At some level, Federer had fallen victim to his own dizzyingly high standards. By any objective measure, he was having a very respectable year. But, be it on account of the mono, his advancing age (almost a doddering twenty-seven!), or simply the finite shelf life of excellence, it was all so ... un-Federerian. When you win ninety-two percent of your matches and then suddenly reach the halfway point of a season with only one title (a rinky-dink one at that, the Estoril Open) to your credit, the contrast is conspicuous. In Federer's own words, he had created "a monster" with his unsurpassed success and the expectations it wrought.

Even the more sober analysts, not quite prepared to issue a coroner's report on Federer's career just yet, conceded that the 2008 Wimbledon was freighted with significance. If he won for the sixth straight time, well, all was right with the world. If he lost, maybe it was time to table that GOAT talk for a while. And if he lost to Nadal, for all intents relinquishing the No. 1 ranking in the process, it was this simple: after a glorious four-year term, there would be a new administration in men's tennis.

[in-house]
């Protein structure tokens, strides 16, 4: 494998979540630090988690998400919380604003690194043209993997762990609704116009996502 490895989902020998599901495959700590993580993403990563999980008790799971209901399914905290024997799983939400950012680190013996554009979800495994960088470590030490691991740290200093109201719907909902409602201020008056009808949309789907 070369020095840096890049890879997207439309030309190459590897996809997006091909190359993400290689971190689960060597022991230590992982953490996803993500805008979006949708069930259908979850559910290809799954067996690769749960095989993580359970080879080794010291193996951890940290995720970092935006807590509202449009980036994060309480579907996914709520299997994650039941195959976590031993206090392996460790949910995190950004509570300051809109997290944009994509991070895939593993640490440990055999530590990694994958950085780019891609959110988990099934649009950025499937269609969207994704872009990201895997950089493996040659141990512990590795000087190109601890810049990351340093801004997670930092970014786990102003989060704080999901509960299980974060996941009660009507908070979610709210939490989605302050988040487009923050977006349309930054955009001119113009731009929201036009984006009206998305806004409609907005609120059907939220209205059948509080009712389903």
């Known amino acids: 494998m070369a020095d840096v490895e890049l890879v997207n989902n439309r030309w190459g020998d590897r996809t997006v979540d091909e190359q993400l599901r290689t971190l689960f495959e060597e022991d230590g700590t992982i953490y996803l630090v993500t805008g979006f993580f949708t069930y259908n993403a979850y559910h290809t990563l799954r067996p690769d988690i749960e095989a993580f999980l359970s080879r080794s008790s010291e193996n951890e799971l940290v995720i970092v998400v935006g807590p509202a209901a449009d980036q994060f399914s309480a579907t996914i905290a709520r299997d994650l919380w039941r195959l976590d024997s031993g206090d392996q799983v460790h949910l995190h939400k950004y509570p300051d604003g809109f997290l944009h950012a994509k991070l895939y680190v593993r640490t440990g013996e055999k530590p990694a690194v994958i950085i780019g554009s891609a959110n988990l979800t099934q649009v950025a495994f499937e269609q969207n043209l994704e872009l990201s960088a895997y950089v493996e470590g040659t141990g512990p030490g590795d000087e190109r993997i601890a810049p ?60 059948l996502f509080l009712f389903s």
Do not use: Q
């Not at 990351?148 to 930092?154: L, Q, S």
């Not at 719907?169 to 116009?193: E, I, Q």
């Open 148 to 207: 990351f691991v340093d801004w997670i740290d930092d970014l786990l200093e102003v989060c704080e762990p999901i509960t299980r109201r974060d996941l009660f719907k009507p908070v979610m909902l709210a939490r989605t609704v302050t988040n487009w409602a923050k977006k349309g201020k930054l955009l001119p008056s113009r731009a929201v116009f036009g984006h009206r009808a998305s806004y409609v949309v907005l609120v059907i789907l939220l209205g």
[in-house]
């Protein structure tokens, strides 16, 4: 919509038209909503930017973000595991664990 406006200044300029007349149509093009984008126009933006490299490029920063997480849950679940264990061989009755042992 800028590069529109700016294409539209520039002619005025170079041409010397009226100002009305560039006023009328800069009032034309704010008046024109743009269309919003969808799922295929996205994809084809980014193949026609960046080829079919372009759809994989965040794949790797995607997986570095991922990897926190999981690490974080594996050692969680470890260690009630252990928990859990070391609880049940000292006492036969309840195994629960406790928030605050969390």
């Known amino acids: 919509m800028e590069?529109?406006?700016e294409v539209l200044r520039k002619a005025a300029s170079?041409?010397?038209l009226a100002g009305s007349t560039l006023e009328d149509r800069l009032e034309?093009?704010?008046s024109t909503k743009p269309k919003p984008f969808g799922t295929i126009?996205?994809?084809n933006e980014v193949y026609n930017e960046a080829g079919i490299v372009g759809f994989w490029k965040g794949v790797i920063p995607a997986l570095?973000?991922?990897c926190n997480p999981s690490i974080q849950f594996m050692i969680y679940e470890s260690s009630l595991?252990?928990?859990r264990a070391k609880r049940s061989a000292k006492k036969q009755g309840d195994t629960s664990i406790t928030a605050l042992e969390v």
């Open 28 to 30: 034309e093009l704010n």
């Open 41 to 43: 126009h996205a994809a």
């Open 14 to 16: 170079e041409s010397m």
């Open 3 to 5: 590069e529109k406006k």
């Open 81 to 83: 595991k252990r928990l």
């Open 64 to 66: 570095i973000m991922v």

Federer's grass court campaign began auspiciously enough. The week after his French Open debacle, he won the Wimbledon tune-up event in Halle, Germany, running his winning streak on sod to fifty-nine matches. But when he arrived in the village of Wimbledon and settled into his rental house a few miles from the All England Club - a mansion owned, coincidentally, by a family with the surname Borg, no relation - the dirges began anew. "Is Fed Dead?" asked one London tabloid. Djokovic, the brash arriviste who had been lacking from the ATP's cast, declared that Federer was "vulnerable." Boris Becker, the three-time Wimbledon champion, tipped Nadal to win and gave Federer "only a small chance." Bjorn Borg - whose record of five straight Wimbledon titles Federer was attempting to surpass - picked not only Nadal but Djokovic ahead of Federer. Borg also asserted that, no, it would not surprise him if Federer were to lose the title and disappear from tennis altogether.